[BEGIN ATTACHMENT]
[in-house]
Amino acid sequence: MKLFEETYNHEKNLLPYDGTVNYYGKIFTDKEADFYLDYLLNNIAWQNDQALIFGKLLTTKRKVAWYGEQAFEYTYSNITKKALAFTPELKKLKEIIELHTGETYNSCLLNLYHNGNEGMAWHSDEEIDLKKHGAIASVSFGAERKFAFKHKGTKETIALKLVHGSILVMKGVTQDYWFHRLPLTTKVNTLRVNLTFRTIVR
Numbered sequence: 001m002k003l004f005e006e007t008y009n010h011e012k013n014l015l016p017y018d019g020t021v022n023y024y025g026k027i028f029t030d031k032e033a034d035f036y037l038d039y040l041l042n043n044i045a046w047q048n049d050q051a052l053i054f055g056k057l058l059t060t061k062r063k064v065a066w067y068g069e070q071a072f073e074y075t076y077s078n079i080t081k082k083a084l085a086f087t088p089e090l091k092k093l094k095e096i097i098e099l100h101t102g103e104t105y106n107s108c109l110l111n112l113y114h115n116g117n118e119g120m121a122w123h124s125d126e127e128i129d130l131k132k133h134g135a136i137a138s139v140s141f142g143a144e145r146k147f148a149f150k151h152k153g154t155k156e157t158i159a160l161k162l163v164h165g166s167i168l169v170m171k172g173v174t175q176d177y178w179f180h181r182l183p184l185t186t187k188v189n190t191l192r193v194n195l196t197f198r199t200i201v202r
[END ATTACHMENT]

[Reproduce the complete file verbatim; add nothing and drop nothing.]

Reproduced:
[in-house]
Amino acid sequence: MKLFEETYNHEKNLLPYDGTVNYYGKIFTDKEADFYLDYLLNNIAWQNDQALIFGKLLTTKRKVAWYGEQAFEYTYSNITKKALAFTPELKKLKEIIELHTGETYNSCLLNLYHNGNEGMAWHSDEEIDLKKHGAIASVSFGAERKFAFKHKGTKETIALKLVHGSILVMKGVTQDYWFHRLPLTTKVNTLRVNLTFRTIVR
Numbered sequence: 001m002k003l004f005e006e007t008y009n010h011e012k013n014l015l016p017y018d019g020t021v022n023y024y025g026k027i028f029t030d031k032e033a034d035f036y037l038d039y040l041l042n043n044i045a046w047q048n049d050q051a052l053i054f055g056k057l058l059t060t061k062r063k064v065a066w067y068g069e070q071a072f073e074y075t076y077s078n079i080t081k082k083a084l085a086f087t088p089e090l091k092k093l094k095e096i097i098e099l100h101t102g103e104t105y106n107s108c109l110l111n112l113y114h115n116g117n118e119g120m121a122w123h124s125d126e127e128i129d130l131k132k133h134g135a136i137a138s139v140s141f142g143a144e145r146k147f148a149f150k151h152k153g154t155k156e157t158i159a160l161k162l163v164h165g166s167i168l169v170m171k172g173v174t175q176d177y178w179f180h181r182l183p184l185t186t187k188v189n190t191l192r193v194n195l196t197f198r199t200i201v202r